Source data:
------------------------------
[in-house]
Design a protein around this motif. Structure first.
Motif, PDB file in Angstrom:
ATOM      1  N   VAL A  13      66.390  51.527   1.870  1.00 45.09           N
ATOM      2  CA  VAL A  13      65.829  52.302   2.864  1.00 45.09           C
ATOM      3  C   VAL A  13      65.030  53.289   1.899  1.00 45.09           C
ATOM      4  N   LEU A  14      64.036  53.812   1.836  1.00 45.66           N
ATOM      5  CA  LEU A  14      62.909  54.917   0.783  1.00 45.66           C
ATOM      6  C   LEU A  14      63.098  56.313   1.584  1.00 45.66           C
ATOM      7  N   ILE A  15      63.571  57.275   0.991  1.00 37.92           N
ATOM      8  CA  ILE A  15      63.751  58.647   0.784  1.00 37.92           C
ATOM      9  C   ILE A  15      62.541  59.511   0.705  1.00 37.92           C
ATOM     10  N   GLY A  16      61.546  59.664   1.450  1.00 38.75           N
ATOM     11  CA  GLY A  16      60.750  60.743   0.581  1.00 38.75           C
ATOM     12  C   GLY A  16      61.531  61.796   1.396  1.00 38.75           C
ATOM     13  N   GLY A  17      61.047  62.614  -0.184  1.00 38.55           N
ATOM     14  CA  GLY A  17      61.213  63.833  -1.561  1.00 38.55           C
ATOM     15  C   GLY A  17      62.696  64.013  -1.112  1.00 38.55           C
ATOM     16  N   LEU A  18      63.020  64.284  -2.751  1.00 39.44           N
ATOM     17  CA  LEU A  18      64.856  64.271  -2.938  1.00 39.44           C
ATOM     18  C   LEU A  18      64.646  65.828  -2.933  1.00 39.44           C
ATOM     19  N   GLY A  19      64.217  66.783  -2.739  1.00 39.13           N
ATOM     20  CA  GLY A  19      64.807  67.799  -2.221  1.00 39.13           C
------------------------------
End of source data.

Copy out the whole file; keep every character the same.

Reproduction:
[in-house]
Design a protein around this motif. Structure first.
Motif, PDB file in Angstrom:
ATOM      1  N   VAL A  13      66.390  51.527   1.870  1.00 45.09           N
ATOM      2  CA  VAL A  13      65.829  52.302   2.864  1.00 45.09           C
ATOM      3  C   VAL A  13      65.030  53.289   1.899  1.00 45.09           C
ATOM      4  N   LEU A  14      64.036  53.812   1.836  1.00 45.66           N
ATOM      5  CA  LEU A  14      62.909  54.917   0.783  1.00 45.66           C
ATOM      6  C   LEU A  14      63.098  56.313   1.584  1.00 45.66           C
ATOM      7  N   ILE A  15      63.571  57.275   0.991  1.00 37.92           N
ATOM      8  CA  ILE A  15      63.751  58.647   0.784  1.00 37.92           C
ATOM      9  C   ILE A  15      62.541  59.511   0.705  1.00 37.92           C
ATOM     10  N   GLY A  16      61.546  59.664   1.450  1.00 38.75           N
ATOM     11  CA  GLY A  16      60.750  60.743   0.581  1.00 38.75           C
ATOM     12  C   GLY A  16      61.531  61.796   1.396  1.00 38.75           C
ATOM     13  N   GLY A  17      61.047  62.614  -0.184  1.00 38.55           N
ATOM     14  CA  GLY A  17      61.213  63.833  -1.561  1.00 38.55           C
ATOM     15  C   GLY A  17      62.696  64.013  -1.112  1.00 38.55           C
ATOM     16  N   LEU A  18      63.020  64.284  -2.751  1.00 39.44           N
ATOM     17  CA  LEU A  18      64.856  64.271  -2.938  1.00 39.44           C
ATOM     18  C   LEU A  18      64.646  65.828  -2.933  1.00 39.44           C
ATOM     19  N   GLY A  19      64.217  66.783  -2.739  1.00 39.13           N
ATOM     20  CA  GLY A  19      64.807  67.799  -2.221  1.00 39.13           C